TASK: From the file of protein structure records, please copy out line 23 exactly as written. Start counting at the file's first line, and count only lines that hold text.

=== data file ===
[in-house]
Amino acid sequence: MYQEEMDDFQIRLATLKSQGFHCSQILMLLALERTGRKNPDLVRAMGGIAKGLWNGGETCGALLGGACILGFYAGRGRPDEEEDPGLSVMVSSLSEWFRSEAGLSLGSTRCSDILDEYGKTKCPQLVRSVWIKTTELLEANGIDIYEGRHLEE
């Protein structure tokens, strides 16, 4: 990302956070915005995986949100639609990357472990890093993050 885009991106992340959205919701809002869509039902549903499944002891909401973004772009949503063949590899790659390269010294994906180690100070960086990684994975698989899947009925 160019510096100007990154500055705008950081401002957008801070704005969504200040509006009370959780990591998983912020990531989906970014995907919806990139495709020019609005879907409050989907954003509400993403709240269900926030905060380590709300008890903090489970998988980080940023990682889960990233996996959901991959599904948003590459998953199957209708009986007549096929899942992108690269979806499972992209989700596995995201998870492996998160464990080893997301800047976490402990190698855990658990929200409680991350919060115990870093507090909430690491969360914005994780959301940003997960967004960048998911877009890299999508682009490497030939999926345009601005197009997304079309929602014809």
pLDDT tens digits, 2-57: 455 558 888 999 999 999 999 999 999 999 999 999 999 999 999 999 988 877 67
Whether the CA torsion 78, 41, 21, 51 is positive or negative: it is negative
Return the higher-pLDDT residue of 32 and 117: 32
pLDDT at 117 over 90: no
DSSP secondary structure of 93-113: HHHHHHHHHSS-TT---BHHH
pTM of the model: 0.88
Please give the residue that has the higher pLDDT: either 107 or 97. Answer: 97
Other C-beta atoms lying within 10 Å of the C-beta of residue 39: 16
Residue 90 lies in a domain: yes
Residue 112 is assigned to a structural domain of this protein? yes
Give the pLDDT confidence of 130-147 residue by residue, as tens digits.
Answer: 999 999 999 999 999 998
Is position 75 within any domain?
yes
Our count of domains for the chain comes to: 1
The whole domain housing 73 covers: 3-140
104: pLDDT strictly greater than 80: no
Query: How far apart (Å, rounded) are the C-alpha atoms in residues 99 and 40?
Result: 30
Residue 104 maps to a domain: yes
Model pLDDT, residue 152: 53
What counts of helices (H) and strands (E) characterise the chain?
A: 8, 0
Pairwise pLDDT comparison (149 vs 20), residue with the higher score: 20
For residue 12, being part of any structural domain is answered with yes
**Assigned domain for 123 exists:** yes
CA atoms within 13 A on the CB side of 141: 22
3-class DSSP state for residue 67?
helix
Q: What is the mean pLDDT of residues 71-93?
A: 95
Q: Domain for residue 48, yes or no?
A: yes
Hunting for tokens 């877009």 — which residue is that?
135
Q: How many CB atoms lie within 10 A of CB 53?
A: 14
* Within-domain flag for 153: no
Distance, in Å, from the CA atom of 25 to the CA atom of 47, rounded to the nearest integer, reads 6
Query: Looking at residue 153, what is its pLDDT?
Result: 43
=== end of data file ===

Residue 104 maps to a domain: yes